MARTIN: It sounds worth it.


MARTIN: Okay. Let's move on to "Charlie Bartlett." This is a film that's getting a lot of buzz. It's about one of those self-possessed obsessed kids that you kind of only see in movies. This guy is the smartest kid in school, but he can't stop getting in trouble. Robert Downey, Jr. is the principal at his school.

And let's play a little bit - this is a scene where the title character, Charlie, is holding these makeshift therapy sessions in the boy's bathroom at the public school. He's in one stall, a parade of self-conscious fellow students are across the metal divide. Let's listen.

(Soundbite of movie, "Charlie Bartlett")

Unidentified Man #1 (Character in Movie): I can't handle this place.

Mr. ANTON YELCHIN (As Charlie Bartlett): Well, duh, dude, this place sucks. I just worry that one day we're going to look back at high school and wish we'd done something different, so maybe you should...

Unidentified Woman (Character in Movie): Get breast implants. I mean, a lot of my friends are getting them.

Mr. YELCHIN: Well, that's up to you. But speaking as a guy, it's kind of a turn-off when a girl isn't cool as being herself.

Unidentified Man #2 (Character in Movie): I'm not saying that I'm gay. What if, you know, I'm not attracted to girls? It sucks, man.

Mr. YELCHIN: Well, at least you're attracted to somebody.

MARTIN: What do you think?

Mr. HOLLOWAY: This is a poor little genius film.

(Soundbite of laughter)

Mr. HOLLOWAY: Which could get a little annoying sometimes. What this movie actually is, is if you took the third act of "Rushmore," which is now 10 years old, which is really depressing for those of us who remember that movie fondly, if you take it from the point where Max Fischer enters public high school...


Mr. HOLLOWAY: ...and you just made a movie about that. I mean, there are things in this film that are straight uplifted out of "Rushmore." He shows up on the first day of school wearing his preparation school uniform. The movie ends with a bizarre sort of stage play. And, you know, it's really just taking that movie and expanding it into a whole film, and doing kind of a not-so-good job of it.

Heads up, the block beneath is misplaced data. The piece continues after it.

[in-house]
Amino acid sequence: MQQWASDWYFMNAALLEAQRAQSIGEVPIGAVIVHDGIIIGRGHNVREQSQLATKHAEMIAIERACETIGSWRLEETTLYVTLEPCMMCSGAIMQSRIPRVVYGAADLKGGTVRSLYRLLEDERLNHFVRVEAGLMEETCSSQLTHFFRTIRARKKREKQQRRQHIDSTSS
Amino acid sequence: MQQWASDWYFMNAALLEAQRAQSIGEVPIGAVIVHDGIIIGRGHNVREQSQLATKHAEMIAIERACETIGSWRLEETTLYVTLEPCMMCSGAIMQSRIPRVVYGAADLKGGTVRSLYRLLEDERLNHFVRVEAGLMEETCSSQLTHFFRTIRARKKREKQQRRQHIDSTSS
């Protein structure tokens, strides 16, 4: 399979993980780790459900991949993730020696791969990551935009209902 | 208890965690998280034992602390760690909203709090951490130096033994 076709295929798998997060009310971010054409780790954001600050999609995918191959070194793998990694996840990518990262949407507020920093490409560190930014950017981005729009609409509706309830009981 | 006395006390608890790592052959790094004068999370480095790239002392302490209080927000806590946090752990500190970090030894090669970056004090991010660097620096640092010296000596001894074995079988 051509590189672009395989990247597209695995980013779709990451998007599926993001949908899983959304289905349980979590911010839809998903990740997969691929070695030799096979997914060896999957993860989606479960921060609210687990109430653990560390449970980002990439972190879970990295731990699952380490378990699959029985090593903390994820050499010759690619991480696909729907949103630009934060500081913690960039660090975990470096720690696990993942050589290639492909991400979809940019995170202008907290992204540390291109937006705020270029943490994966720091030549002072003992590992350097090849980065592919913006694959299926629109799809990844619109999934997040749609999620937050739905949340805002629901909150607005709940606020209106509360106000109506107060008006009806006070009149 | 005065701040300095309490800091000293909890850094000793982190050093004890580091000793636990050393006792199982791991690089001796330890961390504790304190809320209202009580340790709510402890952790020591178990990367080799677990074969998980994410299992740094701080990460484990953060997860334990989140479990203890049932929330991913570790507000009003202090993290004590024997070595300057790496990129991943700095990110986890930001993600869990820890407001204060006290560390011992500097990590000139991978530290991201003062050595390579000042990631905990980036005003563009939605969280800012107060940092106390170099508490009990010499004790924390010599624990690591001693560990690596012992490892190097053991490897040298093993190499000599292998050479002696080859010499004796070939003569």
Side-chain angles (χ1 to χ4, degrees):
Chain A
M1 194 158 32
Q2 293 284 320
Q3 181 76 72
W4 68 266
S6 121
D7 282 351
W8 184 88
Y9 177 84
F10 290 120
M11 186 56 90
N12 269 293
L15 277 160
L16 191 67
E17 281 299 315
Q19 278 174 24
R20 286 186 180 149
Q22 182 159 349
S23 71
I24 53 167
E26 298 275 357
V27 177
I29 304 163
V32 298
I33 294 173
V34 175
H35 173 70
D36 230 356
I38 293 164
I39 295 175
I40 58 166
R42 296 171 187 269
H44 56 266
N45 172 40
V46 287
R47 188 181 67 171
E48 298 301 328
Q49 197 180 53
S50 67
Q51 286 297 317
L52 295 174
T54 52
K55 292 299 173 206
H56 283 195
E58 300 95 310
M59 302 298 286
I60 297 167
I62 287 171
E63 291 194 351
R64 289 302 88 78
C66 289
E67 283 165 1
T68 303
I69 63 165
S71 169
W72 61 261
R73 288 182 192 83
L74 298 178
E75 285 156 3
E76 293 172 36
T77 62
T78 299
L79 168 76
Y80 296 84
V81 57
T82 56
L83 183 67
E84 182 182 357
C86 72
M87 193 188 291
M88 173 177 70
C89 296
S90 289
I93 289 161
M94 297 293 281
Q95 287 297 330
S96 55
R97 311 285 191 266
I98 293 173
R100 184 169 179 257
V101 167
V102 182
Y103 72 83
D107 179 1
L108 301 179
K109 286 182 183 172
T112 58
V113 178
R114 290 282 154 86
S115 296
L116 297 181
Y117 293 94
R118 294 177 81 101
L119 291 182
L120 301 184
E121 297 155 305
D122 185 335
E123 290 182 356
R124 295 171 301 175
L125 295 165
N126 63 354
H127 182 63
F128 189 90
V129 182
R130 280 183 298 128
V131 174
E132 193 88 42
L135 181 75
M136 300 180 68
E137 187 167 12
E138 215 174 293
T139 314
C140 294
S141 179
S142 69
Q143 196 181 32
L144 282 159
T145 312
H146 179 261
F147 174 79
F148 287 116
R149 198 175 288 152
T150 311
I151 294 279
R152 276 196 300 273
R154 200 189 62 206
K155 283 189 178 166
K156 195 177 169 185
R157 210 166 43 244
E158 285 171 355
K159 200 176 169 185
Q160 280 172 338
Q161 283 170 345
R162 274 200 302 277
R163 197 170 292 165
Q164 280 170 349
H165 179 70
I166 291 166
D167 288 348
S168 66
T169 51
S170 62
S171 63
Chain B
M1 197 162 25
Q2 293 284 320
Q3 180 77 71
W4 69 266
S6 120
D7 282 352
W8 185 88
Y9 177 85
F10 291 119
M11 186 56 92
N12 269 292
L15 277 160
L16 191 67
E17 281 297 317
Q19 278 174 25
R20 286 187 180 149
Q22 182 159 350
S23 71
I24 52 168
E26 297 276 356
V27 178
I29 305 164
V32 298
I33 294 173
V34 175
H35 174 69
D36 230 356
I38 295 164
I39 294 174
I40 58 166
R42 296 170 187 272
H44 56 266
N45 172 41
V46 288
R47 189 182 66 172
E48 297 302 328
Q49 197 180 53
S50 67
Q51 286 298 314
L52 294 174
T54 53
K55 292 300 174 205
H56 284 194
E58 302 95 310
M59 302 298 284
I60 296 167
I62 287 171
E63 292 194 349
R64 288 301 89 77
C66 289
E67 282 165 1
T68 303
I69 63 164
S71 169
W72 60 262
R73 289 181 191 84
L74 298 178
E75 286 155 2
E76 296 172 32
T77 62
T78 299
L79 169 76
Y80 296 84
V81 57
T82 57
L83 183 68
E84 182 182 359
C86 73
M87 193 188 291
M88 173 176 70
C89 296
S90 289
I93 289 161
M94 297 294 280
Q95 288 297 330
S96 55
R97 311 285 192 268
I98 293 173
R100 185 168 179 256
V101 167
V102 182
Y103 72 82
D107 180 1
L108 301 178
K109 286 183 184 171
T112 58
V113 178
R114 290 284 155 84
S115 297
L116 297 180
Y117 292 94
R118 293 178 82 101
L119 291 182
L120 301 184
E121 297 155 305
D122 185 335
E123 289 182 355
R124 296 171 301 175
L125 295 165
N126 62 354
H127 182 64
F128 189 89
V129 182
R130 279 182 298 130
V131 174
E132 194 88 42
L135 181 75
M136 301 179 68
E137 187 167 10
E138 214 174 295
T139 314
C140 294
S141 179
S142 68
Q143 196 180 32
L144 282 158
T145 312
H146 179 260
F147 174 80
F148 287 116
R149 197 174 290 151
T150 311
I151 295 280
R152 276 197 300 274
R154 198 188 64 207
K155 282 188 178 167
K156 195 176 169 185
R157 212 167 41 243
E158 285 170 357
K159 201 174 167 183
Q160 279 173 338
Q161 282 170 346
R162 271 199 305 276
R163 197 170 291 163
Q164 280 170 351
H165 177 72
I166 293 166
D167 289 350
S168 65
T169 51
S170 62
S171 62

Robert Downey Jr. is in the film. He does a good job as a sort of alcoholic principal. But I have to say that Anton Yelchin, who plays the lead here, and also played in a movie that was pretty forgettable, a few months ago, called "Fierce People." He's a 19-year-old kid so you don't want to rag on him too hard. But this movie is getting a lot of buzz, and I honestly don't see why, because Yelchin's screen presence is one of the most annoying that I've come across in the past year.

MARTIN: That you have it, Daniel Holloway. One more movie opening up this weekend, though, it's actually nominated for an Oscar. Tell us about "The Counterfeiters."

Mr. HOLLOWAY: "The Counterfeiters" is the true story of Salomon Sorowitsch who was held in several Nazi concentration camps. In 1944, he was transferred to Sachsenhausen. And he was the king of counterfeiters. He was arrested trying to counterfeit the dollar in 1936, I believe. In '44, he gets moved to Sachsenhausen and put in charge of the largest counterfeiting effort in history. The German government was attempting to destabilize both the pound and the dollar, and used Sorowitsch and several other prisoners to run a large counterfeiting shop.

They're successful in both efforts. They crank out, I'm not quite sure, I believe $130 million pounds worth of English notes. They then go to the dollar, but through efforts of sabotage manage not to crank out too many dollars because they realize that what they're doing is actually funding the German war effort...


Mr. HOLLOWAY: ...because they realize that the Nazis are bankrupt.

MARTIN: An interesting story.

Mr. HOLLOWAY: An extraordinary film.

MARTIN: Finally - I can't let you go. Real quick, who's going to win Sunday night, best film?


MARTIN: Seven seconds.

Mr. HOLLOWAY: "There Will Be Blood" best film, Cohen Brothers get best director.

MARTIN: There you go. That's why you're a pro. Daniel Holloway, friend of the BPP, movie critic, thanks so much.

Mr. HOLLOWAY: Thank you.